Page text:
20. Huetteman CA, Preece JE (1993) Thiadiazuron: a potent cytokinin for woody plant tissue culture. Plant Cell Tissue Organ Cult 33: 105–119CrossRefGoogle Scholar
  21. Hunter CS (1979) In vitro culture of Cinchona ledgeriana L. J Hortic Sci 54: 111–114Google Scholar
  22. Janse JD (1982) The bacterial disease of ash (Fraxinus excelsior), caused by Pseudomonas syringae subsp. savastoni pv. fraxini. III. Pathogenesis. Eur J For Pathol 12: 218–231Google Scholar
  23. Kerr G, Evans J (1993) Growing broadleaves for timber. For Comm Handbook 9, Her Majesty’s Stationery Office, LondonGoogle Scholar
  24. Leforestier F, Gras M, Joseph C (1990) Micropropagation of Fraxinus excelsior. Abstracts VIIth Int Cong Plant Tissue Cell Culture, Amsterdam, p 112Google Scholar
  25. Leforestier F, Courtois-Gras M, Joseph C (1991) Etude comparative de la micropropagation de quelques éspèces de Fraxinus. Acta Hortic 289: 215 (Abstr)Google Scholar
  26. Lerner DR, Raikhel NV (1992) The gene for stinging nettle lectin (Urtica dioica agglutinin) encodes both a lectin and a chitinase. J Biol Chem 267: 11085–11091PubMedGoogle Scholar
  27. Lloyd G, McCown B (1980) Commercially-feasible micropropagation of mountain laurel, Kalmia latifolia, by use of shoot tip culture. Comb Proc Int Plant Prop Soc 30: 421–427Google Scholar
  28. Lovato PE, Hammatt N, Gianinazzi-Pearson V, Gianinazzi S (1994) Mycorrhization of micropropagated mature wild cherry (Prunus avium L.) and common ash (Fraxinus excelsior L). Agric Sci Finl 3: 297–302Google Scholar
  29. Martin GB, Brommonschenkel SH, Chunwongse J, Frary A, Ganal MW, Spivey R, Wu T, Earle ED, Tanksley SD (1993) Map-based cloning of a protein kinase gene conferring disease resistance in tomato. Science 262: 1432–1436PubMedCrossRefGoogle Scholar
  30. Méndez J, Gesto MDV, Vázquez A, Vieitez E (1968) Growth substances isolated from woody cuttings of Alnus glutinosa Medic. and Fraxinus excelsior L. Phytochemistry 7: 575–579CrossRefGoogle Scholar
  31. Murashige T, Skoog F (1962) A revised medium for rapid growth and bioassays with tobacco tissue cultures. Physiol Plant 15: 473–497CrossRefGoogle Scholar
  32. Navarrete NE, Van Sambeek JW, Preece JE, Gaffney GR (1989) Improved micropropagation of white ash Fraxinus americana L. In: Rink G, Budelsky CA (eds) Proc 7th Central Hardwood Conf, Southern Illinois University at Carbondale, General Technical Report No. NC-132 of the North Central Forest Experiment Station, USDA Forest Service, pp 146–149Google Scholar
  33. Passey AJ, Jones OP (1993) Shoot proliferation and rooting in vitro of Theobroma cacao L. type Amelonado. J Hortic Sci 58: 589–592Google Scholar
  34. Perez-Parron MA, Gonzalez-Benito ME, Perez C (1994) Micropropagation of Fraxinus angustifolia from mature and juvenile plant material. Plant Cell Tissue Organ Cult 37: 297–302Google Scholar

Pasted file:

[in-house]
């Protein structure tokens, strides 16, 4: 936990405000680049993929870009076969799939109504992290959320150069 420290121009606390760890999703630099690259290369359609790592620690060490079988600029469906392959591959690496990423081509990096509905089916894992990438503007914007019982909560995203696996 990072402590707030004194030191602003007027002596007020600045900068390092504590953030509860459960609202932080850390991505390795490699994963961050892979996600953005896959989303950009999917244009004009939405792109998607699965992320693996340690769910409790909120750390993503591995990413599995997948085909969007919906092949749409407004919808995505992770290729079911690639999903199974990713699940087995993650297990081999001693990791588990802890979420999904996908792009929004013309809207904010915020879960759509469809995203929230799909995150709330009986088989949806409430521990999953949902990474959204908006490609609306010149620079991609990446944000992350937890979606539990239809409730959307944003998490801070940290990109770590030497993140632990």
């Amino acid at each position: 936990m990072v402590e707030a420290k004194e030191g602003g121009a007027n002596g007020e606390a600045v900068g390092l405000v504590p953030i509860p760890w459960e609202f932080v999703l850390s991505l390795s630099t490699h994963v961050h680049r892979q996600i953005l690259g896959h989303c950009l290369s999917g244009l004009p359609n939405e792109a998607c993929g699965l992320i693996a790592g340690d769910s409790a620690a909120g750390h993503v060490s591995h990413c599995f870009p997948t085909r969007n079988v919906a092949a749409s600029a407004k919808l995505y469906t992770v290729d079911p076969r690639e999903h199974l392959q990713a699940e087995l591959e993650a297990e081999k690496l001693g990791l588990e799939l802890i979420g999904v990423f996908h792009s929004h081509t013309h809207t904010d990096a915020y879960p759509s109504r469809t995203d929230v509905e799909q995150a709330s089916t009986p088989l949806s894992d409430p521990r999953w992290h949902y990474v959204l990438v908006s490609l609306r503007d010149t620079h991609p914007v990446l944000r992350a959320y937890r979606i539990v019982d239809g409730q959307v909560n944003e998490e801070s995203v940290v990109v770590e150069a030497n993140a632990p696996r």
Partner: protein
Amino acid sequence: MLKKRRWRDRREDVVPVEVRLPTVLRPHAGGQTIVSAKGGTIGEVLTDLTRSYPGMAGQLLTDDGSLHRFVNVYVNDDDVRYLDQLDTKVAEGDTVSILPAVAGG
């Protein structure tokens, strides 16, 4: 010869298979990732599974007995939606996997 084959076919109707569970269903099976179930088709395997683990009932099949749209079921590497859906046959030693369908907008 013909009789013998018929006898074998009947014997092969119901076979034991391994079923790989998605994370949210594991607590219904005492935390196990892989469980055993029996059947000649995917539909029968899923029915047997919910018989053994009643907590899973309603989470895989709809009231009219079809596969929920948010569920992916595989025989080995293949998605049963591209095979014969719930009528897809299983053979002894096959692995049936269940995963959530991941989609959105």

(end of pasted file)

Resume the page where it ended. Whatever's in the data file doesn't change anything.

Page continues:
35. Ponder F (1984) Growth and mycorrhizal development of potted white ash and black walnut fertilized by two methods. Can J Bot 62: 509–512CrossRefGoogle Scholar
  36. Preece JE, Christ PH, Ensenberger L, Zhao J (1987) Micropropagation of ash (Fraxinus). Comb Proc Int Plant Prop Soc 37: 366–372Google Scholar
  37. Preece JE, Zhao J, Kung FH (1989) Callus production and somatic embryogenesis from white ash. HortScience 24: 377–380Google Scholar
  38. Snedecor GW, Cochran WG (1980) Statistical methods, 6th edn. Iowa State Univ Press, IowaGoogle Scholar
  39. Sriskandarajah S, Mullins MG, Nair Y (1982) Induction of adventitious rooting in vitro with difficult to propagate cultivars of apple. Plant Sci Lett 24: 1–9CrossRefGoogle Scholar
  40. Styer DJ (1985) Bioreactor technology for plant propagation. In: Henke RR, Hughes KW, Constantin MJ, Hollander A (eds) Tissue culture in forestry and agriculture. Plenum New York, pp 117–130Google Scholar
  41. Suszka B (1989) Physiological aspects of seed conservation. Ann Sci For 46 (Suppl): 72s-84sCrossRefGoogle Scholar
  42. Tabrett AM, Hammatt N (1992) Regeneration of shoots from embryo hypocotyls of common ash (Fraxinus excelsior). Plant Cell Rep 11: 514–518CrossRefGoogle Scholar
  43. Tipton JL (1990) Vegetative propagation of Mexican redbud, larchleaf goldenweed, littleleaf ash, and evergreen sumac. HortScience 25: 196–198Google Scholar
  44. Webster CA, Jones OP (1989) Micropropagation of the apple rootstock M. 9: effect of sustained subculture on apparent rejuvenation in vitro. J Hortic Sci 64: 421–428Google Scholar

Copyright information

© Springer-Verlag Berlin Heidelberg 1996

Authors and Affiliations

  • N. Hammatt
    • 1
  1. 1.Horticulture Research InternationalWellesbourne WarwickUK

Personalised recommendations